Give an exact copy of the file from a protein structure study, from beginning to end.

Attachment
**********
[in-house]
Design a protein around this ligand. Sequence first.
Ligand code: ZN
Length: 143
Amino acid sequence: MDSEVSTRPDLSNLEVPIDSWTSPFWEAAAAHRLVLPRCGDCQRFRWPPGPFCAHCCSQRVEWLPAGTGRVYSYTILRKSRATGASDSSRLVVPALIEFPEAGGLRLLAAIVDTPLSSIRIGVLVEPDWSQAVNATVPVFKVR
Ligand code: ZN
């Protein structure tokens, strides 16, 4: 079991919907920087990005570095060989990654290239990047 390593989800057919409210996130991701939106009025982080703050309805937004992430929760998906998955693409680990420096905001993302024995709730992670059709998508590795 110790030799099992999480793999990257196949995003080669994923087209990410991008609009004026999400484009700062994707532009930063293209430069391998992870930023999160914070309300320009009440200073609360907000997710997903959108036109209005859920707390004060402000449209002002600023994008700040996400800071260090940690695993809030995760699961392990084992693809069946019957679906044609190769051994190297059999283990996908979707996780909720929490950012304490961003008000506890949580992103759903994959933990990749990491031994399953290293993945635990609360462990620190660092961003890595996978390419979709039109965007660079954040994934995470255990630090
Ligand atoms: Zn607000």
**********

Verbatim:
[in-house]
Design a protein around this ligand. Sequence first.
Ligand code: ZN
Length: 143
Amino acid sequence: MDSEVSTRPDLSNLEVPIDSWTSPFWEAAAAHRLVLPRCGDCQRFRWPPGPFCAHCCSQRVEWLPAGTGRVYSYTILRKSRATGASDSSRLVVPALIEFPEAGGLRLLAAIVDTPLSSIRIGVLVEPDWSQAVNATVPVFKVR
Ligand code: ZN
């Protein structure tokens, strides 16, 4: 079991919907920087990005570095060989990654290239990047 390593989800057919409210996130991701939106009025982080703050309805937004992430929760998906998955693409680990420096905001993302024995709730992670059709998508590795 110790030799099992999480793999990257196949995003080669994923087209990410991008609009004026999400484009700062994707532009930063293209430069391998992870930023999160914070309300320009009440200073609360907000997710997903959108036109209005859920707390004060402000449209002002600023994008700040996400800071260090940690695993809030995760699961392990084992693809069946019957679906044609190769051994190297059999283990996908979707996780909720929490950012304490961003008000506890949580992103759903994959933990990749990491031994399953290293993945635990609360462990620190660092961003890595996978390419979709039109965007660079954040994934995470255990630090
Ligand atoms: Zn607000």